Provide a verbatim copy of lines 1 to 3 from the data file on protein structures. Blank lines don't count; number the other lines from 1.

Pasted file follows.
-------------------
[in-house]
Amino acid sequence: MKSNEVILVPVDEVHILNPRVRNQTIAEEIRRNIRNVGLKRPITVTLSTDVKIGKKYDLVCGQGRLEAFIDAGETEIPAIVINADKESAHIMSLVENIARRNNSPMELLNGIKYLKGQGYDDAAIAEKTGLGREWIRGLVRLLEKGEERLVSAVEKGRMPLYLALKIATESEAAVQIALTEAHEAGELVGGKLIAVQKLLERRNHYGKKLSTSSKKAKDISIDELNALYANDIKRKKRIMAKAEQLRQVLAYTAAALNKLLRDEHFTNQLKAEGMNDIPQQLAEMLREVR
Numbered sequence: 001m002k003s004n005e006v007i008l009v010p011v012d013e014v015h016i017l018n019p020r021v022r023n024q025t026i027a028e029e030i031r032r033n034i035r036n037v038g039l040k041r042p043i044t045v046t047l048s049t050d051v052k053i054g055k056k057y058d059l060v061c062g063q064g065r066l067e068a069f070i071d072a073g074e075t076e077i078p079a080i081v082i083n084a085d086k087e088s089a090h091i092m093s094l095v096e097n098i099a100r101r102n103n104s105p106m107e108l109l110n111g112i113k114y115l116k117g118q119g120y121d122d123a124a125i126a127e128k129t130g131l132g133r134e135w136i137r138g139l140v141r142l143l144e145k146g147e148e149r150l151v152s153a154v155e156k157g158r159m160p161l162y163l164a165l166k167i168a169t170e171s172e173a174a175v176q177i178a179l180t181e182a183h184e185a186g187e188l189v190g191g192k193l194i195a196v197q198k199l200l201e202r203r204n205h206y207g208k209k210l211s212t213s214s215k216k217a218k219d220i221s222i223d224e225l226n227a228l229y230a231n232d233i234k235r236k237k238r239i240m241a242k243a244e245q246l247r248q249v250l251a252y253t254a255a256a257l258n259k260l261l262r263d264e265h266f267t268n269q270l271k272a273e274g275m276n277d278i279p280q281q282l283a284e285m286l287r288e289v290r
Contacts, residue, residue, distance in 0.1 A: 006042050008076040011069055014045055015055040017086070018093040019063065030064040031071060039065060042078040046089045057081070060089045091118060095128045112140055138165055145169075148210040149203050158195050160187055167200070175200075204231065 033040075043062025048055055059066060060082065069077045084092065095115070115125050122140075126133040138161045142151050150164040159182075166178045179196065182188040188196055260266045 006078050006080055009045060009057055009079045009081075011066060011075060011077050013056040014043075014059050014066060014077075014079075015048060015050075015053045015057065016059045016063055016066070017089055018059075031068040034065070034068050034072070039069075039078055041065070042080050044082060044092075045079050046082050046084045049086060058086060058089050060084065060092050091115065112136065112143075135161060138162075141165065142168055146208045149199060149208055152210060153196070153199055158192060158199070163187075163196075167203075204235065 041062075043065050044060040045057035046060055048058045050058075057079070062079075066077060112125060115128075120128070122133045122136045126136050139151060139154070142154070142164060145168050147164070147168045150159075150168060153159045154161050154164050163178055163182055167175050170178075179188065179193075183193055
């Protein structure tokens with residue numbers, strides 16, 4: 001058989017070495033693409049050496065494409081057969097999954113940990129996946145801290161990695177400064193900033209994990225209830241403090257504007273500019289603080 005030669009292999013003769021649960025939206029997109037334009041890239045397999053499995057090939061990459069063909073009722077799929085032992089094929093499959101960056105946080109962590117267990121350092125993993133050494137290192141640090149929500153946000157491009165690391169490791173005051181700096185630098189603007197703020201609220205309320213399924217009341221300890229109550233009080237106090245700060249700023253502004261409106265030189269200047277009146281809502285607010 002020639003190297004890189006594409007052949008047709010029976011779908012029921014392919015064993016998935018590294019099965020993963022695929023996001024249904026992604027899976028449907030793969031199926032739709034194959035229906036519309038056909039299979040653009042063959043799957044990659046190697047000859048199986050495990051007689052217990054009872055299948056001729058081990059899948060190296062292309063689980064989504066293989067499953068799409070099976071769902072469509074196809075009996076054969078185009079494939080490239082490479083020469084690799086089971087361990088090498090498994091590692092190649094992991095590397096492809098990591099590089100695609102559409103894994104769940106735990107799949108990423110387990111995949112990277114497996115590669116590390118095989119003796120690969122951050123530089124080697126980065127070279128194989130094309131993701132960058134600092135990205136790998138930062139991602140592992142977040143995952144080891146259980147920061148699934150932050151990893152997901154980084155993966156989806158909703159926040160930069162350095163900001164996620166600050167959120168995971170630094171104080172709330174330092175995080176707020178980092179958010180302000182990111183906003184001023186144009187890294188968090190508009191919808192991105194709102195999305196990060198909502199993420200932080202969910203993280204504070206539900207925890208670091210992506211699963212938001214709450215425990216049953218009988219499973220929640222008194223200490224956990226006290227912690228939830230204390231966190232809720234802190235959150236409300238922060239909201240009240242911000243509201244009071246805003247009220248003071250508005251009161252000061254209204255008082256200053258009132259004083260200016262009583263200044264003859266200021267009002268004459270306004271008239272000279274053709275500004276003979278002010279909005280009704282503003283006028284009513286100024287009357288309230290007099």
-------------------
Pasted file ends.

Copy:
[in-house]
Amino acid sequence: MKSNEVILVPVDEVHILNPRVRNQTIAEEIRRNIRNVGLKRPITVTLSTDVKIGKKYDLVCGQGRLEAFIDAGETEIPAIVINADKESAHIMSLVENIARRNNSPMELLNGIKYLKGQGYDDAAIAEKTGLGREWIRGLVRLLEKGEERLVSAVEKGRMPLYLALKIATESEAAVQIALTEAHEAGELVGGKLIAVQKLLERRNHYGKKLSTSSKKAKDISIDELNALYANDIKRKKRIMAKAEQLRQVLAYTAAALNKLLRDEHFTNQLKAEGMNDIPQQLAEMLREVR
Numbered sequence: 001m002k003s004n005e006v007i008l009v010p011v012d013e014v015h016i017l018n019p020r021v022r023n024q025t026i027a028e029e030i031r032r033n034i035r036n037v038g039l040k041r042p043i044t045v046t047l048s049t050d051v052k053i054g055k056k057y058d059l060v061c062g063q064g065r066l067e068a069f070i071d072a073g074e075t076e077i078p079a080i081v082i083n084a085d086k087e088s089a090h091i092m093s094l095v096e097n098i099a100r101r102n103n104s105p106m107e108l109l110n111g112i113k114y115l116k117g118q119g120y121d122d123a124a125i126a127e128k129t130g131l132g133r134e135w136i137r138g139l140v141r142l143l144e145k146g147e148e149r150l151v152s153a154v155e156k157g158r159m160p161l162y163l164a165l166k167i168a169t170e171s172e173a174a175v176q177i178a179l180t181e182a183h184e185a186g187e188l189v190g191g192k193l194i195a196v197q198k199l200l201e202r203r204n205h206y207g208k209k210l211s212t213s214s215k216k217a218k219d220i221s222i223d224e225l226n227a228l229y230a231n232d233i234k235r236k237k238r239i240m241a242k243a244e245q246l247r248q249v250l251a252y253t254a255a256a257l258n259k260l261l262r263d264e265h266f267t268n269q270l271k272a273e274g275m276n277d278i279p280q281q282l283a284e285m286l287r288e289v290r